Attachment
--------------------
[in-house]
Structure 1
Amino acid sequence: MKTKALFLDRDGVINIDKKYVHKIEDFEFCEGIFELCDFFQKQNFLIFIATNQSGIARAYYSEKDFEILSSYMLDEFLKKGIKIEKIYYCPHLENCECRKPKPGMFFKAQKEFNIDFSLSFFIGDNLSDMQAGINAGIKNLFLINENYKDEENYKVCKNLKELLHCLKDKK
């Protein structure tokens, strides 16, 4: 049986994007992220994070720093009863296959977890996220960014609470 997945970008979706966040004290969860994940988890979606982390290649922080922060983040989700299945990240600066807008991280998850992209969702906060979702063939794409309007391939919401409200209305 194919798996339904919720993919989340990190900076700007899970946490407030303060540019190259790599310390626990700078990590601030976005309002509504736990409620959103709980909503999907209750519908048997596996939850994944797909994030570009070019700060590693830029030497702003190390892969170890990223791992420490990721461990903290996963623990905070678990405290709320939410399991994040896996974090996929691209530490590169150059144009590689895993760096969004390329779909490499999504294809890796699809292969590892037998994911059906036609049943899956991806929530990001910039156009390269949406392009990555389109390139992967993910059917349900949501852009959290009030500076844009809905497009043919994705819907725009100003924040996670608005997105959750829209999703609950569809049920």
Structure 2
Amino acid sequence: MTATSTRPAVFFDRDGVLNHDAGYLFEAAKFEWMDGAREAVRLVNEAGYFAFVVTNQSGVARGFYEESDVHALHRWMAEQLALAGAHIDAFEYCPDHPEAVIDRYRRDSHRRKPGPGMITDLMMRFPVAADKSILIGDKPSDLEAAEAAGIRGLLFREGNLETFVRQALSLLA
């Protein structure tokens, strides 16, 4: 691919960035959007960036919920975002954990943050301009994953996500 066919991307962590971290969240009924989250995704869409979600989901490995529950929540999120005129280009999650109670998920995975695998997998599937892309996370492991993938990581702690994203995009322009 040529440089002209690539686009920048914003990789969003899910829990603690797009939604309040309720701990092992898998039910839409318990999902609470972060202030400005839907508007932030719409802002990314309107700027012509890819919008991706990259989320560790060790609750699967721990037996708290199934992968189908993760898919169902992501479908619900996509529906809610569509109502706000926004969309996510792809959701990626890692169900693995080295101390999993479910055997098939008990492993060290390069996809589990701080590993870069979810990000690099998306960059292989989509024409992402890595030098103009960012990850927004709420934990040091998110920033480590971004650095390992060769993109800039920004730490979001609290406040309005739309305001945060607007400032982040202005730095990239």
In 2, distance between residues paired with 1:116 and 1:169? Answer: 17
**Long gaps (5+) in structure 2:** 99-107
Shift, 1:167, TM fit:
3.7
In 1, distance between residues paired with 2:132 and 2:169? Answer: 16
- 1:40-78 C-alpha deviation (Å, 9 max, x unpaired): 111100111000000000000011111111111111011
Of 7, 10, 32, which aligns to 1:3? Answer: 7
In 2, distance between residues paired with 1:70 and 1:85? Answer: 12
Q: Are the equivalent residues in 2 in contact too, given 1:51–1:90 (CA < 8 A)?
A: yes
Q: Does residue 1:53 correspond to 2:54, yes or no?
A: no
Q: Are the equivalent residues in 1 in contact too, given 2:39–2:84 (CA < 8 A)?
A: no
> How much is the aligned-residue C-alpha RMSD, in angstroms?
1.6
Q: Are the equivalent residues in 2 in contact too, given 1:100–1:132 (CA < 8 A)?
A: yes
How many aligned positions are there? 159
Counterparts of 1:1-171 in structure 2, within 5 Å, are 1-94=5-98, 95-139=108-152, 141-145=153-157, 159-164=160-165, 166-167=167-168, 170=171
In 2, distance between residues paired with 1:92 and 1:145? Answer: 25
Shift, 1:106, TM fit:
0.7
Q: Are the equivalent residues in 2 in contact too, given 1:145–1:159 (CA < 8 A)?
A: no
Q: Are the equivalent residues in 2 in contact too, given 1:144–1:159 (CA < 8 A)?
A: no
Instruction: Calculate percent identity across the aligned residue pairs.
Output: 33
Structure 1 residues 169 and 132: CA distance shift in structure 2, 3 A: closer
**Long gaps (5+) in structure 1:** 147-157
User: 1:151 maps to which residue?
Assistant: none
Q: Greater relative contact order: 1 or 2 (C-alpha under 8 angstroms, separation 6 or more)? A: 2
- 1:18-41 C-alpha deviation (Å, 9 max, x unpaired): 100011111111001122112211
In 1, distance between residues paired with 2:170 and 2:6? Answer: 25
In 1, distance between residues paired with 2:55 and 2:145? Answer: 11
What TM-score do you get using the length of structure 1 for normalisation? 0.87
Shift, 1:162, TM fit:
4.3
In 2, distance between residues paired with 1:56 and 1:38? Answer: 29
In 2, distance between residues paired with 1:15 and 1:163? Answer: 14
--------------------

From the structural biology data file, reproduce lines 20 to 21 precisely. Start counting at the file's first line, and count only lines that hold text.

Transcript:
Q: Are the equivalent residues in 1 in contact too, given 2:39–2:84 (CA < 8 A)?
A: no